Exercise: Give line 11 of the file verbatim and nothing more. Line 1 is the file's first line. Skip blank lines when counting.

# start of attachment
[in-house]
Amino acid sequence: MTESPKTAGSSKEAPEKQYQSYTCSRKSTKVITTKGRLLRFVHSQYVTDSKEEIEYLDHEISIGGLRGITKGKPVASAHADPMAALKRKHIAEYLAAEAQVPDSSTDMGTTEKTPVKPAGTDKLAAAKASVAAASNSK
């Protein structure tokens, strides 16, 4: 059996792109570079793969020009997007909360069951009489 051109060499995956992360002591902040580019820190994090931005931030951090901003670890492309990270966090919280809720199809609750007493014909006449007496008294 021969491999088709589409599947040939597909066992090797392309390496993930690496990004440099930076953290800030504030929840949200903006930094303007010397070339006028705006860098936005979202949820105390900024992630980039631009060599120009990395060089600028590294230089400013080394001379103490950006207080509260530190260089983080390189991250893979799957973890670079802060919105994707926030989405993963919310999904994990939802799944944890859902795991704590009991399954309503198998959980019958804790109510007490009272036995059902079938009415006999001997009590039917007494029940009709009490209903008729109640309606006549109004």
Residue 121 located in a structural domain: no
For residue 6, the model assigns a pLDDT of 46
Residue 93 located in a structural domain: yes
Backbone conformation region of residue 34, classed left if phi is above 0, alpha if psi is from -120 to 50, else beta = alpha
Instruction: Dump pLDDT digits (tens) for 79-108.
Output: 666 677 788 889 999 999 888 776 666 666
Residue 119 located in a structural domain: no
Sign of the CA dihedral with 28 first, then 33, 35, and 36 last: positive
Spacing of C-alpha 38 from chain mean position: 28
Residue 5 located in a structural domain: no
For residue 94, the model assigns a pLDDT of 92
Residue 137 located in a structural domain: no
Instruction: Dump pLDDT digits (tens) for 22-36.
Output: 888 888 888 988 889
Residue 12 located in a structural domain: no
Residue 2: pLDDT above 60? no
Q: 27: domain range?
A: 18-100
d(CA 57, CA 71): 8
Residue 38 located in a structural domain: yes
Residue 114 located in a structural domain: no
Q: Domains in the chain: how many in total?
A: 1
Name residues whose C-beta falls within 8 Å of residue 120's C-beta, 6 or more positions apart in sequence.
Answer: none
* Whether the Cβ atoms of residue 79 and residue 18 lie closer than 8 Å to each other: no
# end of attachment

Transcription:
Sign of the CA dihedral with 28 first, then 33, 35, and 36 last: positive